Queen Elizabeth II: The Life And Legacy Of Britain's Longest-Serving Monarch11:04
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Queen Elizabeth II visits the Royal Insitute of Chartered Surveyors (RICS) to mark its 150th anniversary on Nov. 20, 2018 in London. (Adrian Dennis/WPA Pool/Getty Images)
Queen Elizabeth II visits the Royal Insitute of Chartered Surveyors (RICS) to mark its 150th anniversary on Nov. 20, 2018 in London. (Adrian Dennis/WPA Pool/Getty Images)

Queen Elizabeth II is 92 years old and has been on the throne for 66 years. In 2015, she surpassed Queen Victoria as the longest-serving British monarch in history. And by and large throughout her decades as queen, she has remained “incredibly popular,” according to Victoria Murphy, former royal correspondent for The Daily Mirror and author of "Sixty Glorious Years: Our Queen Elizabeth II - Diamond Jubilee 1952-2012.”

“Those years of service that she has given to the country I think people do really recognize and do really respect that she has put duty first, and she has continued to do that for so many years,” Murphy (@QueenVicMirror) told Here & Now’s Jeremy Hobson when he visited Buckingham Palace on his recent trip to London.

Victoria Murphy, former royal correspondent for The Daily Mirror and author of "Sixty Glorious Years: Our Queen Elizabeth II - Diamond Jubilee 1952-2012." (Jeremy Hobson/Here & Now)
Victoria Murphy, former royal correspondent for The Daily Mirror and author of "Sixty Glorious Years: Our Queen Elizabeth II - Diamond Jubilee 1952-2012." (Jeremy Hobson/Here & Now)

There was only one moment where it appeared the queen “was a bit out of step with public opinion,” Murphy said, “and that is of course when Princess Diana died.”

Instead of appearing before the public in the wake of Princess Diana's death, Queen Elizabeth went to Balmoral Castle, the summer home of the royal family, to comfort Prince William and Prince Harry, who had just lost their mother. She felt “it was her duty to protect them and to keep them out of the spotlight,” according to Murphy.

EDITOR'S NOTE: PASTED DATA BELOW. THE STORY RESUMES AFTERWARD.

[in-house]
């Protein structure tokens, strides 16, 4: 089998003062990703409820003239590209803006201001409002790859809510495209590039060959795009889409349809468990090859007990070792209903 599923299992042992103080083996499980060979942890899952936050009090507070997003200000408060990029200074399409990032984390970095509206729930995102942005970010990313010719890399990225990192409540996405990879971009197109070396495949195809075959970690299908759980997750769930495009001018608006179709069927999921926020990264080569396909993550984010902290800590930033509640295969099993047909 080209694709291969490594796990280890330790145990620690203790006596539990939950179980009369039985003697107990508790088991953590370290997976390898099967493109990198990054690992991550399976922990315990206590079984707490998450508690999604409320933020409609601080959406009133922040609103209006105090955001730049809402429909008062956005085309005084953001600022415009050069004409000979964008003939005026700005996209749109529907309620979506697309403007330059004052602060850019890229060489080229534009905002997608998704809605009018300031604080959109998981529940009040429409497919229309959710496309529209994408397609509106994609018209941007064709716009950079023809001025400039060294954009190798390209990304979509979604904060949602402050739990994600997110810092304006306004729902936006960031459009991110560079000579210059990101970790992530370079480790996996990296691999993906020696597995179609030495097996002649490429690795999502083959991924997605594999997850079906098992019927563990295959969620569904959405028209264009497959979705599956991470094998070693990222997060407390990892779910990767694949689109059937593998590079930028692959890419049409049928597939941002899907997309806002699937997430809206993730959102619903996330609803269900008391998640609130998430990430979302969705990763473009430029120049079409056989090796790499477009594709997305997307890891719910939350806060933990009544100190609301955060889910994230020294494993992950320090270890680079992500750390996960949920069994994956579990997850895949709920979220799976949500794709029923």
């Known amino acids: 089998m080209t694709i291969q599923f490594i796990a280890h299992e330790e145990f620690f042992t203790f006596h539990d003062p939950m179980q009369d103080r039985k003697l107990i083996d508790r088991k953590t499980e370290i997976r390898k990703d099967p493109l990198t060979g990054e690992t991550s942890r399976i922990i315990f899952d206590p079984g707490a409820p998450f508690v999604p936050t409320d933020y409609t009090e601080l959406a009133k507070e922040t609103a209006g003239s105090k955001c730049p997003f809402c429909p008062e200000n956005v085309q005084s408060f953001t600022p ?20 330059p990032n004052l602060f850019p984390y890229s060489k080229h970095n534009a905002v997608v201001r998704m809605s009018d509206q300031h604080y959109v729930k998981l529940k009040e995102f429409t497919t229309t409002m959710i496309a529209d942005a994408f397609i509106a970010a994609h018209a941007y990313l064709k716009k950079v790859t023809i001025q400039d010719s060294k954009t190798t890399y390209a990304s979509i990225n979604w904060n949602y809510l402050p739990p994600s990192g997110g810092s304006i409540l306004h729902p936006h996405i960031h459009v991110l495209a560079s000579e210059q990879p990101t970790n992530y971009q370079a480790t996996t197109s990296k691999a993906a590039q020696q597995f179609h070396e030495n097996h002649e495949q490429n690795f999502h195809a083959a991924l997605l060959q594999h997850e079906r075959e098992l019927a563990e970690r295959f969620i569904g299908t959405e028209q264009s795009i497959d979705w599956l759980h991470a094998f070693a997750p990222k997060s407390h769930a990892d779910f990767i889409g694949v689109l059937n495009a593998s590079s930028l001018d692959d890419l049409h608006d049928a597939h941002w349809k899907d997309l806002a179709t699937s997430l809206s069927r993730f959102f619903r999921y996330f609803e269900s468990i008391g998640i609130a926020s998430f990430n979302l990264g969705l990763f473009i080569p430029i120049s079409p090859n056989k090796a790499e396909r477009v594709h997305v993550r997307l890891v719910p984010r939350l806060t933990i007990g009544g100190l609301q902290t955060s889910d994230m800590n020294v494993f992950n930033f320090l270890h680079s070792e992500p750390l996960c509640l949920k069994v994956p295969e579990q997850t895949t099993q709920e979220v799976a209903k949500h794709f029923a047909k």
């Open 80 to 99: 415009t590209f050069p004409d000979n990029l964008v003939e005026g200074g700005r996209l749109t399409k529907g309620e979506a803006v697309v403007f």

However, across Britain, citizens were devastated and grieving, “and they wanted to see their queen,” Murphy said.

“She remained resolute that she wanted to stay with her grandsons,” Murphy said. “In the end, there was pressure there to change that stance and to come down to London and to make a speech, which she did.

“I think that shows her ability to bend when she realizes that it's necessary.”

Britain's Queen Elizabeth II, her husband Prince Philip, and Queen Elizabeth, the Queen Mother, are escorted into London's Westminster Abbey, Saturday Sept. 6, 1997, for the funeral of Diana, Princess of Wales.(Peter Dejong/AP)
Britain's Queen Elizabeth II, her husband Prince Philip, and Queen Elizabeth, the Queen Mother, are escorted into London's Westminster Abbey, Saturday Sept. 6, 1997, for the funeral of Diana, Princess of Wales.(Peter Dejong/AP)

Interview Highlights

On what it mean when the flag flies at full-staff at Buckingham Palace

“It's the flag that flies when she is in residence in Buckingham Palace. We usually expect her to be in residence midweek at Buckingham Palace. It's her official residence, it's where she carries out things such as investitures, she holds audiences, she has offices there, it's where she does a lot of her work, it's where she spends her working week, effectively.”

On how much work the queen accomplishes during the week

“Well, for a 92-year-old, a lot. She is still incredibly busy. Last year, she carried out almost 300 official engagements. She is slowing down a little bit, unsurprisingly.

“We're seeing that at the moment … this kind of gradual transition. For example, Charles has laid the wreath at the Cenotaph ... and that is the nation's that he is laying on behalf of the queen, on behalf of the nation. She also no longer does any overseas travel, any long-haul travel, which is quite significant because of course she remains queen in 15 Commonwealth realms outside of the U.K., and she is unlikely ever to visit those countries again.

“But she is still busy. She still has audiences, she still receives her red boxes of government papers every single day, and she once said, 'I have to be seen to be believed,' and she clearly still holds that very true, because she is out and about on engagements, meeting the public, still regularly. She recognizes that in order for the monarchy to stay relevant, in order for the monarchy to stay popular with the people, that it has to move and change with the times.”

"I've covered the royals for several years, and one of the most common things I hear is that people might say, 'I don't necessarily have strong views about the monarchy, but I love the queen.’ "

Victoria Murphy

On the royal family’s increased social media presence, and the balance of remaining relevant while maintaining an “element of mystique” in their day-to-day-lives

“We have seen recently in the last few years the royal family really embracing social media — [Queen Elizabeth] has her own Facebook page, [royal family members] regularly tweet. They have very much embraced technology and allowed people to kind of get a little bit more of a glimpse perhaps through that of what is going on behind closed doors.